One of the top questions for occupational therapists is “How is occupational therapy different from physical therapy?”
Occupational therapists help people regain the skills needed to live as independently as possible. They help people function again in their activities of daily living, such as grooming, managing health, caring for their home, dressing, cooking, and eating. Because people often use their hands for these things, it’s mistakenly believed that OTs only focus on “the hands”. If clients experience interference with function, OTs can typically help, regardless or hands being involved.
Physical therapists, on the other hand, focus on posture and positioning, movement, and mobility, so they address skills like strength, endurance, and balance. These areas can still involve hands and arms, such as gripping a cane correctly, but PTs aren’t limited to addressing the lower extremities, the same way OTs aren’t limited to working with the upper extremities.
Below are a few scenarios of clients who receive both occupational therapy (OT) and physical therapy (PT) and how treatment sessions differ.
SCENARIO 1: A 5-year-old student has hand weakness, causing difficulty with grasping his pencil and opening containers. He slouches at his desk, writes illegibly, and strains his neck to look up at the board, all due to poor trunk strength. The student also has poor motor coordination, and his teacher reports he frequently trips in the hallways and bumps into classmates.
PT Session: A PT would work on navigating the hallways and stairs safely. Treatments could include practice balancing on each foot during a game, and navigating obstacles while maintaining good posture/balance. PT sessions could also address core strengthening to promote improved stability and sitting posture.
OT Session: An OT in this scenario could work on improving hand strength (i.e., play dough activities, tweezer activities to practice grasping). Because a weak core can also cause problems functioning distally, an OT may work on core strengthening activities such as crab-walking. A strong core promotes optimal positioning of the trunk, neck, head, shoulders, and wrists for writing and other tabletop activities. In this way, the two disciplines can overlap, but the reasoning and approach do differ.
SCENARIO 2: A client is being seen in outpatient rehab after a knee replacement. When discharged after surgery, the client was instructed to “Take short, frequent walks,” and “Don’t squat down to the floor”.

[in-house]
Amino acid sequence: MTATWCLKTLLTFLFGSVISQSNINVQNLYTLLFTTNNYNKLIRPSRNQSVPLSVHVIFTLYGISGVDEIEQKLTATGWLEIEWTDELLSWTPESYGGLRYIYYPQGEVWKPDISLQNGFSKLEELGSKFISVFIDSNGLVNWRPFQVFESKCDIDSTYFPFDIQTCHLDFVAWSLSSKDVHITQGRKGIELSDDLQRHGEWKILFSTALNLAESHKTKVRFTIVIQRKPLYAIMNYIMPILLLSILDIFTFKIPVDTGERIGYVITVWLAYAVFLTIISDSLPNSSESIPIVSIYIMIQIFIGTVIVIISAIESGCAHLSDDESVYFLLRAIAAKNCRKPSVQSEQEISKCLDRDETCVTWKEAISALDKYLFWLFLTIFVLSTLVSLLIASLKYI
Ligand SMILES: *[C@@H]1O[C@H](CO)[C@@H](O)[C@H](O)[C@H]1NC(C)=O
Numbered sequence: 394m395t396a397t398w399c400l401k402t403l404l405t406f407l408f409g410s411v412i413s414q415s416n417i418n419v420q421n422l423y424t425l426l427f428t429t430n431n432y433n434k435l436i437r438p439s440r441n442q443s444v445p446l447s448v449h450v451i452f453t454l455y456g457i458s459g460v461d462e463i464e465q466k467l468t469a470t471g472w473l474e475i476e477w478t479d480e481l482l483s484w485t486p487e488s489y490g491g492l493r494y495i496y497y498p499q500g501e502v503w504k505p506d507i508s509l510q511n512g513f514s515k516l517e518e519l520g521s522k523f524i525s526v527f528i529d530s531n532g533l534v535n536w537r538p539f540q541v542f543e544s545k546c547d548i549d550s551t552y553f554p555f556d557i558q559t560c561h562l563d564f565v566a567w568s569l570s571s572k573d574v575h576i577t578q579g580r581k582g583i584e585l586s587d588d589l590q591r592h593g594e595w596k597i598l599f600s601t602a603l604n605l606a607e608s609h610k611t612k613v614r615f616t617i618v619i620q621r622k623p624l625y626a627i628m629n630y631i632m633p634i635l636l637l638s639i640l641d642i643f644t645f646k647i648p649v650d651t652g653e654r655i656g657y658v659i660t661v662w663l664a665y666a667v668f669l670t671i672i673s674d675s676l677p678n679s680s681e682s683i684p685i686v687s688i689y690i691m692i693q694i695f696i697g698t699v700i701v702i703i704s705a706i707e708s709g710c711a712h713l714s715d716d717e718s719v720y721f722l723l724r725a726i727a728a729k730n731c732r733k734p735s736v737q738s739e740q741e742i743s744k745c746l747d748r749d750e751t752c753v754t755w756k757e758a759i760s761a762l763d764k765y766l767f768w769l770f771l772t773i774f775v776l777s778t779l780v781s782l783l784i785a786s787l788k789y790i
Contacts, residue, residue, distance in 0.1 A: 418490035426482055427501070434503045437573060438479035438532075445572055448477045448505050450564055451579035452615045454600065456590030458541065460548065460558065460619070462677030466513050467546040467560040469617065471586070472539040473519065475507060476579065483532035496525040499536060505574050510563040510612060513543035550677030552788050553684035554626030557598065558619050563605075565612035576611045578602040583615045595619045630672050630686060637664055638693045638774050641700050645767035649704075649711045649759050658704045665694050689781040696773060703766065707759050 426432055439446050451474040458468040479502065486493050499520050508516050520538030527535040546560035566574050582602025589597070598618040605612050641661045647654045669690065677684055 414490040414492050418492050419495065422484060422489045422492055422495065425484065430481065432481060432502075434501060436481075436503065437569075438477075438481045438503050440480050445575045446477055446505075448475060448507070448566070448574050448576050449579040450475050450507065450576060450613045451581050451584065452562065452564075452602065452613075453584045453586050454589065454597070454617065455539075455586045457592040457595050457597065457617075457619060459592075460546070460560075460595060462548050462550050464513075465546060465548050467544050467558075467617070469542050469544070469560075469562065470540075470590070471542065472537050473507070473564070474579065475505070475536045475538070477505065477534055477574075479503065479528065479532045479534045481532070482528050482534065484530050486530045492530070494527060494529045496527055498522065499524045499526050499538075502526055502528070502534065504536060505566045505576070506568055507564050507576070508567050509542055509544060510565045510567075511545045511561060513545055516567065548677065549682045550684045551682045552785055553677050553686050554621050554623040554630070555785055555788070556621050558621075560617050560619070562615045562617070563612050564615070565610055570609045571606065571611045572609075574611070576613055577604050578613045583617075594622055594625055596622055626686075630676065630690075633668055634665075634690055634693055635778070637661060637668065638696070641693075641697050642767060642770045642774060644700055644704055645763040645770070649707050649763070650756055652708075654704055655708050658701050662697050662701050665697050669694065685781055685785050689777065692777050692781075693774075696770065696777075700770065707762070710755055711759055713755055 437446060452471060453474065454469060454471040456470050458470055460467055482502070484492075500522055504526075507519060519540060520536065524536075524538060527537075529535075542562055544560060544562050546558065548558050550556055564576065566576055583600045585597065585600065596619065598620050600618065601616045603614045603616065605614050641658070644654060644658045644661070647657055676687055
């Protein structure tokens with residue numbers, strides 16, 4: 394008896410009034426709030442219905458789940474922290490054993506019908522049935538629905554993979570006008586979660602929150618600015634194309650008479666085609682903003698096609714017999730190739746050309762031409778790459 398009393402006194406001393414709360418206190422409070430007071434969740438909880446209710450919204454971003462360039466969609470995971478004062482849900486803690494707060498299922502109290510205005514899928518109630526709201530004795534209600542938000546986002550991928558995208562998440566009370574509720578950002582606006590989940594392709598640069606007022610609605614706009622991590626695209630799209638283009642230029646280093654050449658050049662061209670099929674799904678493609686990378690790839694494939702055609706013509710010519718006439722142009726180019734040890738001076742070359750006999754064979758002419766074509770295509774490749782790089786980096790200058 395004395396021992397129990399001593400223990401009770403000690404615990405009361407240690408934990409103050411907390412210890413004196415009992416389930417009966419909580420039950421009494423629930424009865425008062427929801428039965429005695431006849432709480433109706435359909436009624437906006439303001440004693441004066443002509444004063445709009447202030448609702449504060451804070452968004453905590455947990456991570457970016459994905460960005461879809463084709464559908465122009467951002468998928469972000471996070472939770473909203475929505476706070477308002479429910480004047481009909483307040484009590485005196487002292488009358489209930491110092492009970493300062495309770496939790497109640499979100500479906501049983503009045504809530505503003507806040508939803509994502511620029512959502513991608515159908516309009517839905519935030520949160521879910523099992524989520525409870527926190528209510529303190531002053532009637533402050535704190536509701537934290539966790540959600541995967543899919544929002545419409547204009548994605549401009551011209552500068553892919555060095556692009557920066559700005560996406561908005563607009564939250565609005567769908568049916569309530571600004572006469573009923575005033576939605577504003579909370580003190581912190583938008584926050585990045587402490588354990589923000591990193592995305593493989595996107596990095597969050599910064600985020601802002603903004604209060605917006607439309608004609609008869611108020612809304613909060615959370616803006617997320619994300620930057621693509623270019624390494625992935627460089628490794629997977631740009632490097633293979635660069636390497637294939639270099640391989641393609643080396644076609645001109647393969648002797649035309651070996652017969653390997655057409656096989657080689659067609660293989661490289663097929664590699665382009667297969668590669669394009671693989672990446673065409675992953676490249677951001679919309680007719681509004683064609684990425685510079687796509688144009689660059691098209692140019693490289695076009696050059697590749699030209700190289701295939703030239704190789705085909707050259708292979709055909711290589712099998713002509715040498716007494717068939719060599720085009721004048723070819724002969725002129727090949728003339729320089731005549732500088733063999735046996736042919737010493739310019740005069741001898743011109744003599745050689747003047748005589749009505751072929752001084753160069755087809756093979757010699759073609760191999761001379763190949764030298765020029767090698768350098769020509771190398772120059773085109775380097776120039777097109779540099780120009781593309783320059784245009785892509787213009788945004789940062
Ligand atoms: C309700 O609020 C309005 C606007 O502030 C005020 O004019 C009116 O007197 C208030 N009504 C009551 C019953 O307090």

PT Session: Some of the client’s goals may be regaining range of motion at the knee joint after the stiffness from surgery. The PT may have the client stretch the knee from flexed to straightened and back again, while monitoring for pain. If they’re having trouble getting up from the couch, the PT could focus on quad strengthening and arm strengthening (to push up) in safe, approved ways. A PT can teach the patient how to walk safely with a cane and which leg to step with first.
OT Session: Since the client is having trouble getting up from the couch, the OT may suggest strategies. These may include scooting to the front of the couch, then using their hands to push off of the arms. An OT might suggest raising the height of the seat by adding firm cushions. An OT can also work with a patient to plan out the best times of the day to take walks and the best places, like areas with benches and arm rests.
Truthfully, an OT’s role can vary vastly depending on the work setting, and the same can be said for PT. While there can be similarities, the distinction and need for both is crucial for all aspects of recovery.
About the Author
Laina Karosic, OTR/L, graduated from Penn State University with a B.S. in Rehabilitation and Human Services. She then completed her Master’s Degree in Occupational Therapy at Ithaca College. She has worked with children and adults in clinics, homes, schools and community-based settings. Laina presented at American Occupational Therapy Association (AOTA’s) national conference in 2014 discussing the role of Occupational Therapy in Sustainability. The emerging practice area of ergonomics is a particular niche of hers, and she is continuing competency and certifications within this area.